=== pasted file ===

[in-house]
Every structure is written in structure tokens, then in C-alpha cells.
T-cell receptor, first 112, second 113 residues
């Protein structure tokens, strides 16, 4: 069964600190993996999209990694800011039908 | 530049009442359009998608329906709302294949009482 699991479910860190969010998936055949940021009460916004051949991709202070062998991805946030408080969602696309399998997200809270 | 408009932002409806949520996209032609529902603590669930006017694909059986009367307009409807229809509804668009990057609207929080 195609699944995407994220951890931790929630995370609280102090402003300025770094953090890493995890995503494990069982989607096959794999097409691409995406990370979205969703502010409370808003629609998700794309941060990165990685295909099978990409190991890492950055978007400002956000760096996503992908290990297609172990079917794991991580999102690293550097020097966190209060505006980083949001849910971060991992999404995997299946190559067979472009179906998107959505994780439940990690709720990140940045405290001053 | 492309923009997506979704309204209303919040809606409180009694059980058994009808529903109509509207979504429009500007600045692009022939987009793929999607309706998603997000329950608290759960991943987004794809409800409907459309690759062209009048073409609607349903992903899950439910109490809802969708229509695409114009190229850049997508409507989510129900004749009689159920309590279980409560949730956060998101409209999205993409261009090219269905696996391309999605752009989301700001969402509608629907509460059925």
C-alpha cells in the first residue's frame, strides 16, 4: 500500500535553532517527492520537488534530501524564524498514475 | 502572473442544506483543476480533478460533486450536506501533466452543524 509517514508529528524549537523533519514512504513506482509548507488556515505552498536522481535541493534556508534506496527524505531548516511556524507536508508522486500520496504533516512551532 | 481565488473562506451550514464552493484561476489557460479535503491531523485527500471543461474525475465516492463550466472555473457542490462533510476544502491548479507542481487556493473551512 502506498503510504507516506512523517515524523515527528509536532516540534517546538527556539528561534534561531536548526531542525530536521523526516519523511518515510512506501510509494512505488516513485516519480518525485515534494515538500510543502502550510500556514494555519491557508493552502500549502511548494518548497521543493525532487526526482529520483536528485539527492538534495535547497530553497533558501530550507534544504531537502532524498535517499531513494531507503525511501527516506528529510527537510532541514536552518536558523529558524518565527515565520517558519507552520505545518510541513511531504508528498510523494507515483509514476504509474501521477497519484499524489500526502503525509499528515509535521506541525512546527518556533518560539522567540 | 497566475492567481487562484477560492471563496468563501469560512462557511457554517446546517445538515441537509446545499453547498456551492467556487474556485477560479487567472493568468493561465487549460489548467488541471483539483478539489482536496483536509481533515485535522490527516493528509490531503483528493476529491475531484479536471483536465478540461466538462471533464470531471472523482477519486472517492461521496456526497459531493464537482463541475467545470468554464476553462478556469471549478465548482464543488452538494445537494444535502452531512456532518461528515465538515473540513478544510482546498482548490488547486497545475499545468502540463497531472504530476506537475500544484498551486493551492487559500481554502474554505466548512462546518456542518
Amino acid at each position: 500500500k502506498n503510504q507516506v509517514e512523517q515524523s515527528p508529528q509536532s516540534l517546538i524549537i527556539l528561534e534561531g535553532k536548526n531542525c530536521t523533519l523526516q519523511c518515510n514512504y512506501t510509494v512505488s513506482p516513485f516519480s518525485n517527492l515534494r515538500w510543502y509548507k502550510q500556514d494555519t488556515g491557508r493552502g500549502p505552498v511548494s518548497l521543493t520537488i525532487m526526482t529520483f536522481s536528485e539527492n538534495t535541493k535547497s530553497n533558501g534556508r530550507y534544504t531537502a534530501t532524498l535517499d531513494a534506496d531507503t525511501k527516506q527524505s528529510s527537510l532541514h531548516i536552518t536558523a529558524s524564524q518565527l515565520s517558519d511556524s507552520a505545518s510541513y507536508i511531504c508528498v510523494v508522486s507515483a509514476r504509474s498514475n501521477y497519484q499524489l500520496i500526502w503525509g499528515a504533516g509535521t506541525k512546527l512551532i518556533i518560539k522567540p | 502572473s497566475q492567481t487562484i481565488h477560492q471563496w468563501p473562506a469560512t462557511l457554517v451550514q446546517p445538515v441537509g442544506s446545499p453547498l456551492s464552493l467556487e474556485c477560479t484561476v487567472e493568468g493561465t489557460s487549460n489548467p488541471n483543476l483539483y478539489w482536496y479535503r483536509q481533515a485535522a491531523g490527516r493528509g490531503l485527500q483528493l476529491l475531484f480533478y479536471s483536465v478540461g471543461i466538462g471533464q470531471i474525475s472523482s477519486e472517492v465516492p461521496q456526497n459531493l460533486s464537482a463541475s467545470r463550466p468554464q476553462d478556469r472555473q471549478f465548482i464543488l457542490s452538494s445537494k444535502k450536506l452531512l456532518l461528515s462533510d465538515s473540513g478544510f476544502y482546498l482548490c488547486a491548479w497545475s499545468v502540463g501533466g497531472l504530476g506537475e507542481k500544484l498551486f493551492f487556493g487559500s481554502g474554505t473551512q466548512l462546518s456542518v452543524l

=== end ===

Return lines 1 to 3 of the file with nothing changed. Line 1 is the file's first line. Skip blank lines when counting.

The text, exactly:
[in-house]
Every structure is written in structure tokens, then in C-alpha cells.
T-cell receptor, first 112, second 113 residues